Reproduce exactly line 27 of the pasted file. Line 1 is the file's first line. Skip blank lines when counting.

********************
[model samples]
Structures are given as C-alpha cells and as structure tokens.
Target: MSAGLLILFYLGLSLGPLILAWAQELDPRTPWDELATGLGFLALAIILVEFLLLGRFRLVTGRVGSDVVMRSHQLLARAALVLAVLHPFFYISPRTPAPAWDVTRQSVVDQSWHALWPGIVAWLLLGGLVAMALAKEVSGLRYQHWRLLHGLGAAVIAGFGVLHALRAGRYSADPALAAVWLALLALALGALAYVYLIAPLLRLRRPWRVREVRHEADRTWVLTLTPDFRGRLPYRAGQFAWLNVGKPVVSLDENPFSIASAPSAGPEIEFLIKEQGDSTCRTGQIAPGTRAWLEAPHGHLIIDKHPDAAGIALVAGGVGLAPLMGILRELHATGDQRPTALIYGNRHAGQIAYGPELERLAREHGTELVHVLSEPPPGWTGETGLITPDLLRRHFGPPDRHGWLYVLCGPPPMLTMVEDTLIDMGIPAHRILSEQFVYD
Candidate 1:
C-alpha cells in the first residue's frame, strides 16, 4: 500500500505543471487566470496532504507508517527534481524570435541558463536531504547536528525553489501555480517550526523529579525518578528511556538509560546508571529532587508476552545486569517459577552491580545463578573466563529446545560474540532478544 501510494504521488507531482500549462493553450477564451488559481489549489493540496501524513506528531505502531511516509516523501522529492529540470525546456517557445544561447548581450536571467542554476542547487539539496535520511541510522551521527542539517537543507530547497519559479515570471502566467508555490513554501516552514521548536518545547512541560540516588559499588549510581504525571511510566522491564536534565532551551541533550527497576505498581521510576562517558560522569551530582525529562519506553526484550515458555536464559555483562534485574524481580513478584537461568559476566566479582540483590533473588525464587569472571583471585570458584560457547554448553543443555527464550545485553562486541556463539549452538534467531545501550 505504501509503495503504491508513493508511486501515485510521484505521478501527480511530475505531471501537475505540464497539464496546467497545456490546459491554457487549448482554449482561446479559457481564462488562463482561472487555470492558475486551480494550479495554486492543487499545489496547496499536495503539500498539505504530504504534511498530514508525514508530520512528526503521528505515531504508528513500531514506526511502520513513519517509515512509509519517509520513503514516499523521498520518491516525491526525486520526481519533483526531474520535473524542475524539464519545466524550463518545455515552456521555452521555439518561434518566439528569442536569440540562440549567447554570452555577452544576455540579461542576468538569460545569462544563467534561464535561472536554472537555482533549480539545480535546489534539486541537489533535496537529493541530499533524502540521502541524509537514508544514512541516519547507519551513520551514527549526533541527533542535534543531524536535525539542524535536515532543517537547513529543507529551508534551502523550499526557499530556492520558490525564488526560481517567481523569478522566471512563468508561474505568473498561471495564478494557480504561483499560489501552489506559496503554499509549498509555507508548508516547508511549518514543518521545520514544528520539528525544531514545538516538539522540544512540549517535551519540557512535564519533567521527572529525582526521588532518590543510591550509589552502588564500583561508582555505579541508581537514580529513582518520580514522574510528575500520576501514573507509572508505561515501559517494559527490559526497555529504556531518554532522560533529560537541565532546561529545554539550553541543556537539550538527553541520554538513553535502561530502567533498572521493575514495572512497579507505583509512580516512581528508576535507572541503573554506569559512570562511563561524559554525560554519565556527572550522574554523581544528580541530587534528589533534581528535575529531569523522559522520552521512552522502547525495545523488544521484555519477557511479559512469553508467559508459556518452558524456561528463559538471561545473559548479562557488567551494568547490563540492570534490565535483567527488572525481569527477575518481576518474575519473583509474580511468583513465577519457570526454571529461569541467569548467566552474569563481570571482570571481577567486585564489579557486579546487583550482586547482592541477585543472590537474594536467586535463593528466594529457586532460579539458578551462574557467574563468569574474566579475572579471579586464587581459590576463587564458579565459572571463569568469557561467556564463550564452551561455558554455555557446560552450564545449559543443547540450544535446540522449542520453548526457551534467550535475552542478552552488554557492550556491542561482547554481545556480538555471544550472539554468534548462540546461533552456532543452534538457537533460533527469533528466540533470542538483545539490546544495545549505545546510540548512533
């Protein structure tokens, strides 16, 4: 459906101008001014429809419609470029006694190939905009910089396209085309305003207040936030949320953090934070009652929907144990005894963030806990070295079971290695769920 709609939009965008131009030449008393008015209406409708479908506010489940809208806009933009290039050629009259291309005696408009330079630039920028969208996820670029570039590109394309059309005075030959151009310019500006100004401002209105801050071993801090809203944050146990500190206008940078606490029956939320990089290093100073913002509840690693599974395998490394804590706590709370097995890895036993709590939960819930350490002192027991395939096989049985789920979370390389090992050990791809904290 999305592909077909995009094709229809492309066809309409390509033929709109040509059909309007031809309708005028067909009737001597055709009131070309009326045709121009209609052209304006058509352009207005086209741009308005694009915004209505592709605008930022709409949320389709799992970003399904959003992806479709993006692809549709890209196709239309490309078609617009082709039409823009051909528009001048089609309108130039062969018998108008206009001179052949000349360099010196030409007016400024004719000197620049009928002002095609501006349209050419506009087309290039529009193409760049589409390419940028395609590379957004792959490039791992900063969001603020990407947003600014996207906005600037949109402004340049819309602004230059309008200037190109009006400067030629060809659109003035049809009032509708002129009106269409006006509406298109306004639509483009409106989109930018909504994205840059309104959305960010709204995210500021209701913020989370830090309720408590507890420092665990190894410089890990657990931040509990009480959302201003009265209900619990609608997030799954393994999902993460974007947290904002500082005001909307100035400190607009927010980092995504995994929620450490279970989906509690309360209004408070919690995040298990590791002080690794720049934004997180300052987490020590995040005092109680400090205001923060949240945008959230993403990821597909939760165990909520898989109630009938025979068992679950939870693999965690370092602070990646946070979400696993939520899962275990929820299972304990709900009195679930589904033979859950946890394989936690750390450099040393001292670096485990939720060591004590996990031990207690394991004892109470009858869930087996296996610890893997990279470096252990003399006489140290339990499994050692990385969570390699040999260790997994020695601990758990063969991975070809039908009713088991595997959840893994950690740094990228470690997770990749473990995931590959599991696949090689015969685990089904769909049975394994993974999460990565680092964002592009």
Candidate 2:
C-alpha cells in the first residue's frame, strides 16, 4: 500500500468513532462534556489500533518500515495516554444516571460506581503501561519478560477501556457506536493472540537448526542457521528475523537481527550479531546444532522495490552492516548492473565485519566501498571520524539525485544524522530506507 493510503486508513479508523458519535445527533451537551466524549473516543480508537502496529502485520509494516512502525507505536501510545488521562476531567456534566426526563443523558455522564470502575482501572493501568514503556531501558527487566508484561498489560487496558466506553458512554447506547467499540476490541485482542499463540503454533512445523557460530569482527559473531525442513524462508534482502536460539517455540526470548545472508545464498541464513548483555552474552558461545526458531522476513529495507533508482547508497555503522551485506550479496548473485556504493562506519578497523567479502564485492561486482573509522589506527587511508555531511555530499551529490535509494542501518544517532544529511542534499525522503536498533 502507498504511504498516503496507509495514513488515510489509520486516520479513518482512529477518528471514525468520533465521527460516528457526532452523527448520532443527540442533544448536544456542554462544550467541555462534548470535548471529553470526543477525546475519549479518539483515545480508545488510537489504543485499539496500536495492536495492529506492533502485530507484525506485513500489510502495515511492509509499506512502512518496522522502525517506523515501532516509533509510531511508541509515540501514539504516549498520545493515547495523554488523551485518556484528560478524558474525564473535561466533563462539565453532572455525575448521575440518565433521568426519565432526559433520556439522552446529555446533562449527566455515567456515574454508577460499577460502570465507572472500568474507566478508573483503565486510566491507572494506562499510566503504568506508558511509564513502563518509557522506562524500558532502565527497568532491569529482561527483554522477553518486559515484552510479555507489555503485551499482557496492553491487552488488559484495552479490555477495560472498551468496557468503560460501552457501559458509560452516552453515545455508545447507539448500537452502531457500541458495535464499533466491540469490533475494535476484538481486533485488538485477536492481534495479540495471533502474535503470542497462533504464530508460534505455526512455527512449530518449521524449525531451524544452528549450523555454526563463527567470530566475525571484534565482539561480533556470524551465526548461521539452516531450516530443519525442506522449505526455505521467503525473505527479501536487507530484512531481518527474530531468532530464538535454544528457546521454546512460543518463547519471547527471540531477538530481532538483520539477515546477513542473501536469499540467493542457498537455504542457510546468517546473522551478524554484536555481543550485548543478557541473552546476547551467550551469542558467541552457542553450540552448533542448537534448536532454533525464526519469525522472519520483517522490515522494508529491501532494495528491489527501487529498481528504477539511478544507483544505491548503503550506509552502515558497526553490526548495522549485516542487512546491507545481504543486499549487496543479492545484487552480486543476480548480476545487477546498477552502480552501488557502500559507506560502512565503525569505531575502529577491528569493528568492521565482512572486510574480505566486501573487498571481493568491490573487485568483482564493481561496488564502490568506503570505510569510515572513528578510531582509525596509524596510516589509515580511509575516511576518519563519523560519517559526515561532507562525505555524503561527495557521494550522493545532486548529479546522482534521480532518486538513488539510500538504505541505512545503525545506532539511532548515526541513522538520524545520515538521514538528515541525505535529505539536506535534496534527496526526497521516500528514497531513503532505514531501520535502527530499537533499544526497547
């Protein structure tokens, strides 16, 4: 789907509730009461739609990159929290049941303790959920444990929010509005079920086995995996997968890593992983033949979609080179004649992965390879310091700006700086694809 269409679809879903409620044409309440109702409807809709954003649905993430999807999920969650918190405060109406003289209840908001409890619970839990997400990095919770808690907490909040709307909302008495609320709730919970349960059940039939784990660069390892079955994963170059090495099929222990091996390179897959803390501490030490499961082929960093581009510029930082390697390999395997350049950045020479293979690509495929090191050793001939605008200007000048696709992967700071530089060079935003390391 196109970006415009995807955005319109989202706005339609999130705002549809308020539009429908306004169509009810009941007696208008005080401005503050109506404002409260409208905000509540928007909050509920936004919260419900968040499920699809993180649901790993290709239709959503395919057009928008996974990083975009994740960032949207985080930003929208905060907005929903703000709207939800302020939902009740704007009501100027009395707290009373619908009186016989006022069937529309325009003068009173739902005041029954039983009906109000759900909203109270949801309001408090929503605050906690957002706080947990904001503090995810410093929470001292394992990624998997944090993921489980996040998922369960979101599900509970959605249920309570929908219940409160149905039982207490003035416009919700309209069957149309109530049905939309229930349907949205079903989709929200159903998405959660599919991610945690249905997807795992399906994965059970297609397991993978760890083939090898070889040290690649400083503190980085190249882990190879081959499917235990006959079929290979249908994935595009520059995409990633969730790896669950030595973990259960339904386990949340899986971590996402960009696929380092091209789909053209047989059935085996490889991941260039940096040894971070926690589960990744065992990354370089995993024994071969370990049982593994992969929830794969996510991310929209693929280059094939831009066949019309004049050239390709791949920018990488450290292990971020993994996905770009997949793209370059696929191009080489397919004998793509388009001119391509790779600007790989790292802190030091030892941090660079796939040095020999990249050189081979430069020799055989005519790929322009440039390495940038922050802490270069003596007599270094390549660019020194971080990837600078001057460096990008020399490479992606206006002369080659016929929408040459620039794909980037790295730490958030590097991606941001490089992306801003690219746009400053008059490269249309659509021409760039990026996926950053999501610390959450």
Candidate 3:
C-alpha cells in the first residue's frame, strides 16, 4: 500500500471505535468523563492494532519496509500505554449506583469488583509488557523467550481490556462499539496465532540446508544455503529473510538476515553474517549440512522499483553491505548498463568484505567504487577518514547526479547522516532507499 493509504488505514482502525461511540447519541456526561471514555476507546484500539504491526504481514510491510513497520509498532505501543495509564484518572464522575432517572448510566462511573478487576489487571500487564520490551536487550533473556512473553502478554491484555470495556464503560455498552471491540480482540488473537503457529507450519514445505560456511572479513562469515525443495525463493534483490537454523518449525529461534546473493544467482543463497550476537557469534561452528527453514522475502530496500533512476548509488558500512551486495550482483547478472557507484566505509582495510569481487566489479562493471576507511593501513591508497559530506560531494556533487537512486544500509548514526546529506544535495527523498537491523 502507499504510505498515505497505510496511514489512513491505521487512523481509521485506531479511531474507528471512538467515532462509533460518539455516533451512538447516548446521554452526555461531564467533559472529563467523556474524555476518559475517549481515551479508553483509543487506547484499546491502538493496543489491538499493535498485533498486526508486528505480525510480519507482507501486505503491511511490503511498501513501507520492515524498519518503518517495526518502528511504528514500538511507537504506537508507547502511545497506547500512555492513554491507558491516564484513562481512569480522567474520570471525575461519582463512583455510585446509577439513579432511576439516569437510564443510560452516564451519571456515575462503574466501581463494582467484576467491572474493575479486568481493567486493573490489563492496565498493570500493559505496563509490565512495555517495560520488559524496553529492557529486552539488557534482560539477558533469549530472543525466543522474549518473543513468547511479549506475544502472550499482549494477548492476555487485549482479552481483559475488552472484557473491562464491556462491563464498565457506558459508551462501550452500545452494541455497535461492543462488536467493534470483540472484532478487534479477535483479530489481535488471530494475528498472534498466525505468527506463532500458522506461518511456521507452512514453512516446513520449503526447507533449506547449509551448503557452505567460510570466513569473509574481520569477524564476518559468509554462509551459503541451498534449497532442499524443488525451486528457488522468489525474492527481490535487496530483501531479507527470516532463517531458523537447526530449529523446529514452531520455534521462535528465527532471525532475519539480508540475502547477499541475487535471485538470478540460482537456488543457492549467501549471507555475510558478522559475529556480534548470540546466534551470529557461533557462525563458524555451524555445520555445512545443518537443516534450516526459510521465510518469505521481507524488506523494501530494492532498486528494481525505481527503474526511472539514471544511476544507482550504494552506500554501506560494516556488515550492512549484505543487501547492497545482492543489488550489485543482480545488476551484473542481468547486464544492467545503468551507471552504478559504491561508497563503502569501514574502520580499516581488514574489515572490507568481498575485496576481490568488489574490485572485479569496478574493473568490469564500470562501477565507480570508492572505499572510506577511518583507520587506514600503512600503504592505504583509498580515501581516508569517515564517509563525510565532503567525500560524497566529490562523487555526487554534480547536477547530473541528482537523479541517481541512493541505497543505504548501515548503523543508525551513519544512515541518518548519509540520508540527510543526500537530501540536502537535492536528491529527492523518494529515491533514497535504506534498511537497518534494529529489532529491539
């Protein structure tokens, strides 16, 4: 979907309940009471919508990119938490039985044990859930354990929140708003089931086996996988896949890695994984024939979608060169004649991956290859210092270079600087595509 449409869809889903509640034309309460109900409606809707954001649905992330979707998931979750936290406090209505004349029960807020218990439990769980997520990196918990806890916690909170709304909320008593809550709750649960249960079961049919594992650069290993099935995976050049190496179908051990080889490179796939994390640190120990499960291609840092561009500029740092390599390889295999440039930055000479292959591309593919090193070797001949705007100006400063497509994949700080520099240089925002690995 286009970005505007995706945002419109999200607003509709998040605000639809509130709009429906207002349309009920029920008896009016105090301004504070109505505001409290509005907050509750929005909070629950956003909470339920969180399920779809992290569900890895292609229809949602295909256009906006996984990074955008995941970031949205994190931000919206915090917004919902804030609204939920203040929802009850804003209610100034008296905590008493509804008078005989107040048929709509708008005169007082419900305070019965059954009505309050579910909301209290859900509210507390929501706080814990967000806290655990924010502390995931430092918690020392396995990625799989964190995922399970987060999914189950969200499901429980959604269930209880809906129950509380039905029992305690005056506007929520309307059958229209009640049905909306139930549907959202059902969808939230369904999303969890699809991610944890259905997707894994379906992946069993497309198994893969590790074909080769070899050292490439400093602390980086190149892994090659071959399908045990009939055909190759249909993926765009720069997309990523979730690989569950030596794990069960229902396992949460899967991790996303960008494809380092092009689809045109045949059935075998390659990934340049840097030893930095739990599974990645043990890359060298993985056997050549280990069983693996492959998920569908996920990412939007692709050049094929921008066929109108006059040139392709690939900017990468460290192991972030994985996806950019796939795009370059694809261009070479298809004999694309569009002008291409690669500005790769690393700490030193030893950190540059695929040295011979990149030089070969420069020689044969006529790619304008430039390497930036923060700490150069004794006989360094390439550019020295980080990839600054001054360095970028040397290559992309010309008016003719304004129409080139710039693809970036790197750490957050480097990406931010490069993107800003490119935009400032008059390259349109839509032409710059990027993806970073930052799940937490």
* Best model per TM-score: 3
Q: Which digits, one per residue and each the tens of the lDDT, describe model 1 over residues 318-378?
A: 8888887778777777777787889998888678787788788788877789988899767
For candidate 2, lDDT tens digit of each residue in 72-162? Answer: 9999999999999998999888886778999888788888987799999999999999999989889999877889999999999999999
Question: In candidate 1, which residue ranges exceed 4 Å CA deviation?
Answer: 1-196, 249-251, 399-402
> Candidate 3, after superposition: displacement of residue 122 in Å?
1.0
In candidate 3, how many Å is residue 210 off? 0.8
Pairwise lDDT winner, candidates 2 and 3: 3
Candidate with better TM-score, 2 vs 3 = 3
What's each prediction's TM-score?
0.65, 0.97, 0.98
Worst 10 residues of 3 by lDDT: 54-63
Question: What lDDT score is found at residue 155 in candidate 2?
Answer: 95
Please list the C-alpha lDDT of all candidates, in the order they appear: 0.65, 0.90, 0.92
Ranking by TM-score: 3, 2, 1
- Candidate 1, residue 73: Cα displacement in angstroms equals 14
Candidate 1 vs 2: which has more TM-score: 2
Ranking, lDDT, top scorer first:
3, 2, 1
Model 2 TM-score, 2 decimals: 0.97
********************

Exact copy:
Question: What lDDT score is found at residue 155 in candidate 2?